The best place I’ve found to search out cc images is Flickr. To find images in the cc catalog, just do a basic search then click the advanced link below the search box once the results come up. At the bottom of the page, you’ll see a check box to only search Creative Commons. You can also screen for commercially available and images that allow modification. As I said, attribution is very important in Creative Commons. At the least, you’ll want to denote the photographer as well as link back to the source. Here is an example using the beautiful Taylor Swift rocking out at the CMA Festival:
Photo : Mark Runyon | ConcertTour.org
Sometimes there are special instructions for properly attributing a photo so scroll down the photo description to ensure you are formatting this correctly. The biggest drawback to Flickr can be sifting through an ocean of low-quality pictures people snap on their iPhones and some subjects just aren’t there. In addition to Flickr, the Wikimedia Commons can be a great resource for finding Creative Commons images as well.
Shutterstock and Microstock Photography
As great as Creative Commons is, sometimes they just don’t have what you are looking for. Here is where microstock licensing comes in handy. Basically, photographers allow their photos to used by these agencies at a reduced rate (20 cents to $10) with the hopes of making up the difference in volume. These agencies accept photos from amateurs and hobbyists as well as the professional shutterbugs. From what I’ve seen, the quality is usually very high. Shutterstock is one of the best in this area.
The approach I’d recommend is taking advantage of their 25 images a day for a month plan that costs $249. You can normally find a coupon to cut that cost down. Here is a current code for 10% off your order (SS10). If you max out your allotment, you can rake in 750 photos for the miniscule rate of .30 a photo. You’re not going to find value like that many places on the Internet.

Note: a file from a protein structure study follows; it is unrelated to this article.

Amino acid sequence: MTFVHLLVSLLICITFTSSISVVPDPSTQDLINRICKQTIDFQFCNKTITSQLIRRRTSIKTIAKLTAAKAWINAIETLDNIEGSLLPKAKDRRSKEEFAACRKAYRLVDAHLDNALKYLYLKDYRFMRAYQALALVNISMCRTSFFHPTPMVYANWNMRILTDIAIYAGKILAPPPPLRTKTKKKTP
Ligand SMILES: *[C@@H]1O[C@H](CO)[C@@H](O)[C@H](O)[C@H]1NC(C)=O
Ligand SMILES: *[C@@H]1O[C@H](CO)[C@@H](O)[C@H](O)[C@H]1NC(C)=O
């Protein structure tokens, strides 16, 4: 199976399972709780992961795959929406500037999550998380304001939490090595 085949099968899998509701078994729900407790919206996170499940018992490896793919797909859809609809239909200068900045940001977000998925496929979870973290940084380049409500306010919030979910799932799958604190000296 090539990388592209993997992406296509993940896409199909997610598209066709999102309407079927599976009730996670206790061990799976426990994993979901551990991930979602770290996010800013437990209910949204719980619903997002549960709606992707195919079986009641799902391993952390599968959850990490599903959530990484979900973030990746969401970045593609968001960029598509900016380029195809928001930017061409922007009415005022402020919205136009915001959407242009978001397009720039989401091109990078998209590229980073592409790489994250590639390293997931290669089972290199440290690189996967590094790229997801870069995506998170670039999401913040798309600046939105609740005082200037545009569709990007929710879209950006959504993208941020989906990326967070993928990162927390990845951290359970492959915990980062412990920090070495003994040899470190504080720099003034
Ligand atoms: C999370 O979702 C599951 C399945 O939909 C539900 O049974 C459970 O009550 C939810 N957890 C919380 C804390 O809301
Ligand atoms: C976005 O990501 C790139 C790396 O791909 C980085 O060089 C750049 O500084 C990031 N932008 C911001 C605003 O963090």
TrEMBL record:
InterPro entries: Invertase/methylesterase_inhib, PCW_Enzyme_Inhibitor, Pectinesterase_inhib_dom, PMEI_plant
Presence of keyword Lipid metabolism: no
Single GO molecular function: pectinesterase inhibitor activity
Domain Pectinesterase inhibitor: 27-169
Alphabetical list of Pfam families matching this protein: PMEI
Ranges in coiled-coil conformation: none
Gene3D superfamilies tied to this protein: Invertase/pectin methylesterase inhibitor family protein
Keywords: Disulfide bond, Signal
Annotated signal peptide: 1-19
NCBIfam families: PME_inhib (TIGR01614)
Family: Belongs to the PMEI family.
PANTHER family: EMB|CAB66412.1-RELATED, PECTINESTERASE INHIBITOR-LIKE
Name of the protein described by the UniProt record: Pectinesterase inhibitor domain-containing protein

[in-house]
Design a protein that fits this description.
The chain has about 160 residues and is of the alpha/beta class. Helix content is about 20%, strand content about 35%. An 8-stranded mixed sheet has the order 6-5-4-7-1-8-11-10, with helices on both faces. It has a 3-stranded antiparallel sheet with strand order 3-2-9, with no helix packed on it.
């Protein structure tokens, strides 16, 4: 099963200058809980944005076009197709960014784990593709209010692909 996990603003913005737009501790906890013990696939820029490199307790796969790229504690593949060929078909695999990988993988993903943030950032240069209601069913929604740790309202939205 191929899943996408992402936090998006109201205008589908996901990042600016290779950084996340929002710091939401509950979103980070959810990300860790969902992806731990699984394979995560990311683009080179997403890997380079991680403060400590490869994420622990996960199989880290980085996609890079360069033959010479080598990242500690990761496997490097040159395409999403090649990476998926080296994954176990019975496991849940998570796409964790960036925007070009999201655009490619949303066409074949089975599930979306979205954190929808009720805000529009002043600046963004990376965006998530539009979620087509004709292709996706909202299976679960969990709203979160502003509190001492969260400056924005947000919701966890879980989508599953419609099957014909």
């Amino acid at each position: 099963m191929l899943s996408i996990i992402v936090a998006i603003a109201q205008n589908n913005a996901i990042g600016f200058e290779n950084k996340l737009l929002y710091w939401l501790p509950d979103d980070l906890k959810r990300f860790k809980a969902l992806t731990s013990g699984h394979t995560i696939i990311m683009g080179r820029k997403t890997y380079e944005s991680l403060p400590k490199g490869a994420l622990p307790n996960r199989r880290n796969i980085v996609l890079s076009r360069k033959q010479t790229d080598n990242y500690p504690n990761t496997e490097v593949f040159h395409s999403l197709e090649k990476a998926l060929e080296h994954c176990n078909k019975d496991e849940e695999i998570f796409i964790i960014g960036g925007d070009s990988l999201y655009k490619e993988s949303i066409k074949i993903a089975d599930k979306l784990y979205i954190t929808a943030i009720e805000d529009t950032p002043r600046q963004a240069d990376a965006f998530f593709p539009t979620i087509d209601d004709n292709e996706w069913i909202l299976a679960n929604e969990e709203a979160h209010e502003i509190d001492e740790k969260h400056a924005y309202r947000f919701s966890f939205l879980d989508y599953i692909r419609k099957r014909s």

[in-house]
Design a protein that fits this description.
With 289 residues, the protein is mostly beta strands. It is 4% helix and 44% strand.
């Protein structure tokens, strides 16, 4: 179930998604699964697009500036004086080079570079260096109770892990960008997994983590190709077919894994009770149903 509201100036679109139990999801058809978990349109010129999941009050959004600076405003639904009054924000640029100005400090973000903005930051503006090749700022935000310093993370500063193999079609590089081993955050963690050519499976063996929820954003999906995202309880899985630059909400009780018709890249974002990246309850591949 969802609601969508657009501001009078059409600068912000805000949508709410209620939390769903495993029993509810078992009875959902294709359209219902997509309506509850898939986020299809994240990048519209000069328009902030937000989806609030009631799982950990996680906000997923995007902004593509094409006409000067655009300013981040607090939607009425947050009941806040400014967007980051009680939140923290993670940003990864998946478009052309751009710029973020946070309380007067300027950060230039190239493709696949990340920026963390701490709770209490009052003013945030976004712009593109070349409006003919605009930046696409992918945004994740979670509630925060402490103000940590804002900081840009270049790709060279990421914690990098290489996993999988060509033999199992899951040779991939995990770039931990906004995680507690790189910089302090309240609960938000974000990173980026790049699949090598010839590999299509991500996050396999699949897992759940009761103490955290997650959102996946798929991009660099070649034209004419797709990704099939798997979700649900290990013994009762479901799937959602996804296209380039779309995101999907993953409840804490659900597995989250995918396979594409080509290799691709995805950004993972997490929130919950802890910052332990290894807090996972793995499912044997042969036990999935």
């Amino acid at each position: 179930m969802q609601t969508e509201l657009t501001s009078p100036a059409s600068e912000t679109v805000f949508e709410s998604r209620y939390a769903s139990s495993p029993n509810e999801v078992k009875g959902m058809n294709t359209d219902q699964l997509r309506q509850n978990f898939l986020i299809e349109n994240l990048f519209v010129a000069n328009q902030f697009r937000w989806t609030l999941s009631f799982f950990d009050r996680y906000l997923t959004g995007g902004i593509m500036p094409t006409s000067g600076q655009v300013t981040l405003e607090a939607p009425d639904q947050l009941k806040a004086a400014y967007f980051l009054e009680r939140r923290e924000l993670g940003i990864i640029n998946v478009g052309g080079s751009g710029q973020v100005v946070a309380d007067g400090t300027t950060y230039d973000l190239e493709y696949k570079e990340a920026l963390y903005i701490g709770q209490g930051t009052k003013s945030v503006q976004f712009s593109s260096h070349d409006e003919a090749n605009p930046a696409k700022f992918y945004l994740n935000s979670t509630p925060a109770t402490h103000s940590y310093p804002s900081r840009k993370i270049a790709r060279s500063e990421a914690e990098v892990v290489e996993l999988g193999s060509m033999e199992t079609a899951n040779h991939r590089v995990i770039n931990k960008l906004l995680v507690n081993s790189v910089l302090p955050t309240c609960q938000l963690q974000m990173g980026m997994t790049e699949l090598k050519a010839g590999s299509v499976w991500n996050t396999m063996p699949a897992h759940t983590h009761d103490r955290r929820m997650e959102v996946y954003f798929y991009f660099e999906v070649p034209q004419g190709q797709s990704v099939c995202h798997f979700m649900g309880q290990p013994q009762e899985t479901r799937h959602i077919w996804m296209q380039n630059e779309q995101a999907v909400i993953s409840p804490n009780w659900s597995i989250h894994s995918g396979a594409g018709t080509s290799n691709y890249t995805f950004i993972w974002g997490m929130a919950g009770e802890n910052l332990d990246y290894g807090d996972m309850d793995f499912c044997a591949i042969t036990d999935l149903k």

Become a Photographer
Who better to express the vision of your website than yourself? Compact cameras take surprisingly good photos these days and low end DSLRs are fairly affordable. Some people may not have the budget to buy a camera or the creative vision to frame a photograph. Admittedly, this isn’t for everyone, but it can be a fun hobby and solves all the copyright trip wires since you own the photos. Check your local community college for cheap photography continuing education classes. It can be a great starting point.
Perhaps the best reason to pick up your camera and start shooting is to give back to the community. I use a lot of Creative Commons images on my sites and am extremely thankful to the talented photographers that have chosen to share their work. As a photographer, I post everything I shoot under creative commons to help grow this resource and vibrant community. Did I mention it can be great advertising for your brand?
Getty, AP, WENN and the Big Agencies
If you have bottomless pockets, you can always rely on the photo agencies that the large news organizations use. The breadth of their selection knows no bounds since they have professional photographers pretty much covering any event you can think of. They tend to charge based on the reach of your audience, and that number is just not a feasible option for most small to mid-range sites.
Personally, I’ve used all of these methods in some form or fashion over the years. I normally photograph an event about once a week so that really helps fill out my collection. If I haven’t taken it first hand, I’ll go to Flickr to see what the cc community has to offer. Every six months or so, I’ll order a month’s subscription to Shutterstock to complete the holes in my collection as well as download photos that I think will be relevant to the projects I’m planning to pursue in the coming months. I’ve used the big agencies (AP & WENN) for a couple months, but quickly found that was a ticket straight to the poor house.
In the end, there are many ways to use images on the Internet legally that won’t have a lawyer knocking on your door ready to take the deed to your house. Use some combination of the options listed above, and your site will continue to thrive without losing sleepless nights worrying over it.
A couple intersting articles along this vein:
How using Google Images can cost you $8000
Blogger Beware: You CAN Get Sued For Using Photos You Don’t Own on Your Blog
Nikon Camera Image Courtesy of Luke Martinelli on Flickr